In the picture you can see the extra material in the mortise.
Because of the extra material, the next step was to nibble away enough material from one cheek in order to get everything to fit nice and tight. Easier said than done.
I set up the cut using the same method of the spacer and nibbling away material. Raising the blade a little at a time, I’d cut, test fit, and cut some more. This worked relatively well at first. Somewhere along the way pieces must have ended up mixed up (should have marked them) and one rail ended up with both tenons cut too thin. Again, not the end of the world, but frustrating none the less.
The end result…
This is the set that fit tight, the other set I didn’t photograph, but it had about 1/32” worth of between the cheeks and the mortise walls. I ended up shimming it with thinly sliced pieces of oak from one of the cutoffs, ended up working out ok, not terribly noticeable, but I know it’s there.
With all of the joinery cut and the grooves milled, it was time to drill out the holes for the wooden dowels that would help hold the joinery together. This was fairly straight forward and uneventful.
First had to get everything lined up and squared up.
Then I used my combo square to measure and mark the location of each hole so that they were all in the same spot all the way around. Then I used a 1/4” brad point bit to drill all the way through.
The holes drilled out the next step was to break all of the edges. Following the instructions in the book, I used a 1/4” round over bit in the router. I’m not exactly sure how this was supposed to work, since the guide bushing would essentially drop into the groove I cut for the mirror, but I thought I’d give it a shot anyway. It didn’t work out so well.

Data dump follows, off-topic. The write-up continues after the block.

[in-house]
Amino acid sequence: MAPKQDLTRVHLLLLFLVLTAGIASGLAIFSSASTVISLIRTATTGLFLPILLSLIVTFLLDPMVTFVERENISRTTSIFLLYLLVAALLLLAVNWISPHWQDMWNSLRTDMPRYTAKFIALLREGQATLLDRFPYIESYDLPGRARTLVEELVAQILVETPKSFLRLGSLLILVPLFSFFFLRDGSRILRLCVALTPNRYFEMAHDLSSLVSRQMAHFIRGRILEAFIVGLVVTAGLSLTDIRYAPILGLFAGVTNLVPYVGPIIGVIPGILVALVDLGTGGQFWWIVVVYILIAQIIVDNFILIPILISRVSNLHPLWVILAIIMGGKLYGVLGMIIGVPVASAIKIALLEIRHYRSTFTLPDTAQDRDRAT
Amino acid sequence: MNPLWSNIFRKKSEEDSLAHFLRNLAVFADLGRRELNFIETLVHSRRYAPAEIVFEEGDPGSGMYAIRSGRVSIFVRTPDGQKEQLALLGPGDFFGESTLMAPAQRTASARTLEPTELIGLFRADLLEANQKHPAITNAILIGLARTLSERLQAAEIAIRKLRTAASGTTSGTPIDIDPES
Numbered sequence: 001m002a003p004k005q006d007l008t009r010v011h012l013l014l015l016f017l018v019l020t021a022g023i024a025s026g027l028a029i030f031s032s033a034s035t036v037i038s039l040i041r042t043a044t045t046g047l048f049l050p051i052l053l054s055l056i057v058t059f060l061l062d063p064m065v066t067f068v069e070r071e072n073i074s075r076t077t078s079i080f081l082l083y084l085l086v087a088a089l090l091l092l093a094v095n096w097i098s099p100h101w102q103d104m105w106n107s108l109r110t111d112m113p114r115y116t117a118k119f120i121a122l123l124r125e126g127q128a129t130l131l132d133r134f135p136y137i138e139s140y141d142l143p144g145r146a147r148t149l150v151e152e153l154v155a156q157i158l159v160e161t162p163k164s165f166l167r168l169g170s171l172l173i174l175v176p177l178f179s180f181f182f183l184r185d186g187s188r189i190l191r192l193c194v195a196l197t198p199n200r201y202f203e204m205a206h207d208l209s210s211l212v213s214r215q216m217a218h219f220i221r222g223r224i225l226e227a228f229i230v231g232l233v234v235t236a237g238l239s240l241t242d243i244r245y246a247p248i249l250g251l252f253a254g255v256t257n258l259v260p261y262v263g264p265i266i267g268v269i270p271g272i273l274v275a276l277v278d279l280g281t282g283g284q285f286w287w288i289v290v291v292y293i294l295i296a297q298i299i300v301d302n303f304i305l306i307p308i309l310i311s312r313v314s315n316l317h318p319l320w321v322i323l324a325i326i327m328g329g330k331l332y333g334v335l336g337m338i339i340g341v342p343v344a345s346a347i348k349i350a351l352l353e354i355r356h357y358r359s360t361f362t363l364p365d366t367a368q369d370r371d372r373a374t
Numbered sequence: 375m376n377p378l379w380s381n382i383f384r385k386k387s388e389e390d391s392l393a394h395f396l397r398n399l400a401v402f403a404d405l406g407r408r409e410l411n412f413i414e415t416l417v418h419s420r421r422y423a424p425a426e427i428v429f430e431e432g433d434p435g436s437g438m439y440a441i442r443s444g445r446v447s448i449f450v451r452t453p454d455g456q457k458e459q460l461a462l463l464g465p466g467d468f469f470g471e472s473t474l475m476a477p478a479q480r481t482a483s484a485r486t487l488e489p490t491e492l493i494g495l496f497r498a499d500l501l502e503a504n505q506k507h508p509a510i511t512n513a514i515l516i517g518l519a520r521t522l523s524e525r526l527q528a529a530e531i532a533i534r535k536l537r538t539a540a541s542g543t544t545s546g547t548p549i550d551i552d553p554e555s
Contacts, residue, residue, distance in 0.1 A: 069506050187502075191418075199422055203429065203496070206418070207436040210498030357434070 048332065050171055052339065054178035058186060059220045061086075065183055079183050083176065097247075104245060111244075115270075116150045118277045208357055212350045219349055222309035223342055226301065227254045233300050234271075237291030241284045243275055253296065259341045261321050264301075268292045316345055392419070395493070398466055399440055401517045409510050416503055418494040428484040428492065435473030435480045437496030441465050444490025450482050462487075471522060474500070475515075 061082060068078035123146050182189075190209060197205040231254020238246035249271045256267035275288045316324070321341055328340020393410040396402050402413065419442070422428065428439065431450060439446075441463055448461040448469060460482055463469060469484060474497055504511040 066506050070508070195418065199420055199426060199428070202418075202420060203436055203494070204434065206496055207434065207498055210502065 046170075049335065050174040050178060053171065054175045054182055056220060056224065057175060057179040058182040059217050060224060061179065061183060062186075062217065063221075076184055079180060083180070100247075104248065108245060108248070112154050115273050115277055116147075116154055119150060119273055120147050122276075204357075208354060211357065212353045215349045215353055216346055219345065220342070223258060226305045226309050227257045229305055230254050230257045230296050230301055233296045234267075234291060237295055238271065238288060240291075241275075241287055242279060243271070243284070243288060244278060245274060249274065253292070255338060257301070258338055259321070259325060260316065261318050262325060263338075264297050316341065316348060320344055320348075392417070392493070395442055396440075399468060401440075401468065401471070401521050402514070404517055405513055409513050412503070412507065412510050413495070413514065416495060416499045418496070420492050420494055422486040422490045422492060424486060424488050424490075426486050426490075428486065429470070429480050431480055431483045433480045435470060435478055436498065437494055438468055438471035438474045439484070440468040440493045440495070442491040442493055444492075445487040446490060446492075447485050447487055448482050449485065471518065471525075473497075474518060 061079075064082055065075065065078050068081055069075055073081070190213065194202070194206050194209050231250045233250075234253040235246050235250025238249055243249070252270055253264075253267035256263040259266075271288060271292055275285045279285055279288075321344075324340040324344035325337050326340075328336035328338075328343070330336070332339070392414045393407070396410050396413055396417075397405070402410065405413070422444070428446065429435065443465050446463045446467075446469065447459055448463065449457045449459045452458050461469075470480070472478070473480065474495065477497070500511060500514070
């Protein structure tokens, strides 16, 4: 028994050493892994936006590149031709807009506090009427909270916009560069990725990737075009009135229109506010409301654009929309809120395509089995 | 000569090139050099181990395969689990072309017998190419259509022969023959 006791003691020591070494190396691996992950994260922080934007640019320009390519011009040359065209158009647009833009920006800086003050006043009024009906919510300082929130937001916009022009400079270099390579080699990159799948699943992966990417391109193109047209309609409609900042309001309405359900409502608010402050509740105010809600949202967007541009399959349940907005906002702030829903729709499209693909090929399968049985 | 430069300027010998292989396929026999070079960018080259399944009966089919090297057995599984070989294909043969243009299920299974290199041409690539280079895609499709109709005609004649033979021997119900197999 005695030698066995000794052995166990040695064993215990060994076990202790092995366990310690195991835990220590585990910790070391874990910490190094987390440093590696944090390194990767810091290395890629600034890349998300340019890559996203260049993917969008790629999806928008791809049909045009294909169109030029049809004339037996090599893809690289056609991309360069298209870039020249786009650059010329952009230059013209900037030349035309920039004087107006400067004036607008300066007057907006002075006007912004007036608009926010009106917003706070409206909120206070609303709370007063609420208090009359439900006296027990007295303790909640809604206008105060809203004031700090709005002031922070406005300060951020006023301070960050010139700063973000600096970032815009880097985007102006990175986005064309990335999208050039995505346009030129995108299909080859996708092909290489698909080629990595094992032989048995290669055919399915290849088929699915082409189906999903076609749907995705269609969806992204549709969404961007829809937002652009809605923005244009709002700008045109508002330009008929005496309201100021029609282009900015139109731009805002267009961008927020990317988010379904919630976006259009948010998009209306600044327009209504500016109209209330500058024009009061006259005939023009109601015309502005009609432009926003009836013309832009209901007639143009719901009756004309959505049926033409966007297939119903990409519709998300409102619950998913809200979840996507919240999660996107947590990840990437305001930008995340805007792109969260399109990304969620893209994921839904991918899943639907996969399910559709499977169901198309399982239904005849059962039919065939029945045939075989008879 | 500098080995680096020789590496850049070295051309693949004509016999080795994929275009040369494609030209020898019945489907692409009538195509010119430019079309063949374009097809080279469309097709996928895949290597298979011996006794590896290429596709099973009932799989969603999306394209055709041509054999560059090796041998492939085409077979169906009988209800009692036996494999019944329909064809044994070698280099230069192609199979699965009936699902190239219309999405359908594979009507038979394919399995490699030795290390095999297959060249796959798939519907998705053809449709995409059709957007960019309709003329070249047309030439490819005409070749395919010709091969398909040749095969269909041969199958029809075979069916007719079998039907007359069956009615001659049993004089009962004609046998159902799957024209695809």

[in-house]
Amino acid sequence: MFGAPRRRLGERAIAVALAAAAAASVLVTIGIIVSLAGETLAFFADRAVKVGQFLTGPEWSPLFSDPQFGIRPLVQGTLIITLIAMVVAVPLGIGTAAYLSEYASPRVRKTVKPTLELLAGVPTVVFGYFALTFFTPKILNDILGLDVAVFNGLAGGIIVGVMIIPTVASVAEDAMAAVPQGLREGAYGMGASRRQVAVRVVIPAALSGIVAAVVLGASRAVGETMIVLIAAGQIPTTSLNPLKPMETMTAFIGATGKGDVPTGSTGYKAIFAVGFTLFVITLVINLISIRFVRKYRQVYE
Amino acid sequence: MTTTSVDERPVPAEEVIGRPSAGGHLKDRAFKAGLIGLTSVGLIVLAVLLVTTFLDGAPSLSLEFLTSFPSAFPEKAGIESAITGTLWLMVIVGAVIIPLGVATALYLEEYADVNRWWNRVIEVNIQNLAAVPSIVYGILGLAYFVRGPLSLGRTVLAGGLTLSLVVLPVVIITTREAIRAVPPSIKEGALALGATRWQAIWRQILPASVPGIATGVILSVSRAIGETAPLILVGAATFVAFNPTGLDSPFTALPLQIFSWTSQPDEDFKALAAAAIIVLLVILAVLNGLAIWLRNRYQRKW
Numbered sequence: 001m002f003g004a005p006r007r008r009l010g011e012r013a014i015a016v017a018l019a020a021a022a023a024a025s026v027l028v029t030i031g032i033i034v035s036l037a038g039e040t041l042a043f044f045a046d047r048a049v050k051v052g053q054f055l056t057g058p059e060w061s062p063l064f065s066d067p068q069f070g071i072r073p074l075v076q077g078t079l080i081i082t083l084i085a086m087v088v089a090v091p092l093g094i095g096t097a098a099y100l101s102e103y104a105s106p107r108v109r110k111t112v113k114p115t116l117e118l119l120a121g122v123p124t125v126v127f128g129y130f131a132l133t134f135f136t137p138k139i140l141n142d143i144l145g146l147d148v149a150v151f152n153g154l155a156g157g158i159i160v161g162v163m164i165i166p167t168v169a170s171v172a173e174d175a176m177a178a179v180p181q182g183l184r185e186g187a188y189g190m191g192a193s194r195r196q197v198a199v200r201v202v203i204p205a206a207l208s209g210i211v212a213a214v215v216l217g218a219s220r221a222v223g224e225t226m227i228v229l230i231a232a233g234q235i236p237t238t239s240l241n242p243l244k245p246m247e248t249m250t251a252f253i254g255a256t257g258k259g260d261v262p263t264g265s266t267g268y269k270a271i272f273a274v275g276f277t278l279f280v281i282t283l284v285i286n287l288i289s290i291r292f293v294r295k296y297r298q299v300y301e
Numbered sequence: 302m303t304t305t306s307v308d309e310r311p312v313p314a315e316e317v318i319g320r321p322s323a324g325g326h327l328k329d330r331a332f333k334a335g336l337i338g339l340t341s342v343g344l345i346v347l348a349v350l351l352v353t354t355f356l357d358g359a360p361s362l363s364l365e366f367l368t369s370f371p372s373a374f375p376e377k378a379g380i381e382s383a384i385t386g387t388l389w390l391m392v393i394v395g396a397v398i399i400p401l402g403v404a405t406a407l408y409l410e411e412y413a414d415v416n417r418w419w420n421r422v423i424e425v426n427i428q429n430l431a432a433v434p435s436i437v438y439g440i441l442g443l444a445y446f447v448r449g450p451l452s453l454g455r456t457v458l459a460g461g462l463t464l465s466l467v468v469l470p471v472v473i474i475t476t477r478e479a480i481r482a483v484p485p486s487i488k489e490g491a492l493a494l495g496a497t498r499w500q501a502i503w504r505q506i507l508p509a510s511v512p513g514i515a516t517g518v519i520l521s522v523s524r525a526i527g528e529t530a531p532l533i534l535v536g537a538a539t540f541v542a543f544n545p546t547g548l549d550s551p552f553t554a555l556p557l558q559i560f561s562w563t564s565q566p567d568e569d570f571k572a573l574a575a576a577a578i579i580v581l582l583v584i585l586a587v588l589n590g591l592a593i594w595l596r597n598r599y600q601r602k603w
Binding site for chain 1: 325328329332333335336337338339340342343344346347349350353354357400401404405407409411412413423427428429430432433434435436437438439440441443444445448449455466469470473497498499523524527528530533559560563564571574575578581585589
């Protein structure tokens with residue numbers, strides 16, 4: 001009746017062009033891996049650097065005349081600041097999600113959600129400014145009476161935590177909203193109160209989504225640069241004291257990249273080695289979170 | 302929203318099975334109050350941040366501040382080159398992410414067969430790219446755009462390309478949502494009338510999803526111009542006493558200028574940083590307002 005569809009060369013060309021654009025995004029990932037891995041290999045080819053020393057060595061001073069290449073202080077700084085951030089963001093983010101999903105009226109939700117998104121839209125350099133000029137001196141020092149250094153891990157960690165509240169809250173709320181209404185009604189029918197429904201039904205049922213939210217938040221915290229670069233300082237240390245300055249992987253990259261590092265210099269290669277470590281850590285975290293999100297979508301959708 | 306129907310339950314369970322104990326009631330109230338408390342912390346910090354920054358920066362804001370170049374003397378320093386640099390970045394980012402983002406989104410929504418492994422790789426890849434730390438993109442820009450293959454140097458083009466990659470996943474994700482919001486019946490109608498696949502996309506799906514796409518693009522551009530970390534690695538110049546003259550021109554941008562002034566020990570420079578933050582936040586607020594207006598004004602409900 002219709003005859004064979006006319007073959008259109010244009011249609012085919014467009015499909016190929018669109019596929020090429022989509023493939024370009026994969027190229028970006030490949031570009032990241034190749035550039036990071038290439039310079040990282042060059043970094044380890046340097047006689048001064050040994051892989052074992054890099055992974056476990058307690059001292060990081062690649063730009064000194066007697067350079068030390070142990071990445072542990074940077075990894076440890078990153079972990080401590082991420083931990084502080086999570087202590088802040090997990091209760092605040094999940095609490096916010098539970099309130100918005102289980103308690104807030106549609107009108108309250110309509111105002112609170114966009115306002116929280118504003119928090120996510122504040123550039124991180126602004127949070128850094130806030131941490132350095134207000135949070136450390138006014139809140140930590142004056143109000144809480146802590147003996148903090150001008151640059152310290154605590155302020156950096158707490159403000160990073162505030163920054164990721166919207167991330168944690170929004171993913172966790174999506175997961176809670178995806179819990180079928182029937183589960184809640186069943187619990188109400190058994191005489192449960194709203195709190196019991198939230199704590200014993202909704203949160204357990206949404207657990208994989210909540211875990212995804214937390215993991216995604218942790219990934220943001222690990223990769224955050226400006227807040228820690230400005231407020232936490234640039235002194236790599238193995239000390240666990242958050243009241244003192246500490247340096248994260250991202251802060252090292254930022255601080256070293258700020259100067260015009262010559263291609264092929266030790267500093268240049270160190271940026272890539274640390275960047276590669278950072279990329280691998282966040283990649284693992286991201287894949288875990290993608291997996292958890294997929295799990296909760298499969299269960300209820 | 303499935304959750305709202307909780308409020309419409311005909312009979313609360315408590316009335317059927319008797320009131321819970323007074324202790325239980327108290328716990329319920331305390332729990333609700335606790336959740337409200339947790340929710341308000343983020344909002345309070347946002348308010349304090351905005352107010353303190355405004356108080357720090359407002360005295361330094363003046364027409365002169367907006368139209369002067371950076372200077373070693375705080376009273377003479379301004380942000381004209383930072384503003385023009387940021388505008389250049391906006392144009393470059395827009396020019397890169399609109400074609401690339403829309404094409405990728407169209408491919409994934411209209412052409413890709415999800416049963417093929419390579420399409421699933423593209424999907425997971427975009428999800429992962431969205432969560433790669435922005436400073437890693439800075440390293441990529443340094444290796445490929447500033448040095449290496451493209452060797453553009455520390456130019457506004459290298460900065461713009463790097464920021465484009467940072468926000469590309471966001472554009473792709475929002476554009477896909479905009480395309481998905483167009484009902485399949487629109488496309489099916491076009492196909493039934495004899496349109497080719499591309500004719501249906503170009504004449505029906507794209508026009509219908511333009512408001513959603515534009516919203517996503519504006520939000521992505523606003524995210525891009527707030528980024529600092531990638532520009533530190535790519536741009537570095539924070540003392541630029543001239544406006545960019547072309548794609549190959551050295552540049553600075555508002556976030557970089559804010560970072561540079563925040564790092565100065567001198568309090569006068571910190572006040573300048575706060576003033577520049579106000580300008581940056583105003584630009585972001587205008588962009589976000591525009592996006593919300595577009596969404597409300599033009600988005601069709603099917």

For the most part it went alright, but there were a few spots where the bit gouged the wood and ate out more than I intended. You can see it in the picture above. If the sloppy fitting mortise and tenon irritated me, this pissed me off. It was late and I was getting tired so I decided to finish the assembly and sleep on how to proceed next. I brushed glue onto the cheeks of one of the rails, assembled, and then smeared a little glue on the 1/4” dowels that would hold it together and assembled it, leaving it to dry over night.
As I write this I’m still not sure how I want to proceed. Part of me thinks I can hand sand the router gouges out, at least make them less noticeable. And another part of me (the perfectionist) wants to remake the entire door to get the joinery more precise and the round over a little cleaner.
I have the lumber, but am not really crazy about the idea of using it.
With all of that being said, I am definitely glad that I decided to do the project and feel like I am learning a lot of things in the process. Both from the book and through trial and error.
I plan to finish the build tomorrow (Saturday), but still have a a little ways to go. I still need to route out the rabbet in the back to accept the 1/4” backer panel, mortise the piano hinge into the door and cabinet frame (a first for me), and attach the top shelf to the top of the cabinet case. I also have to make a decision about finishing the project. The finishing chapter isn’t until the very end of the book, so if I choose to go chronologically, I may end up with a shop full of unfinished projects (not the end of the world).
As a preview, Chapter 2 is all about building a low cost workbench, which I am VERY excited about. If anyone knows where I can pick up a decently priced bench screw, I’d appreciate the input. I don’t want to spend a ton on one, but want to get something that works well.
-- - Steve Campbell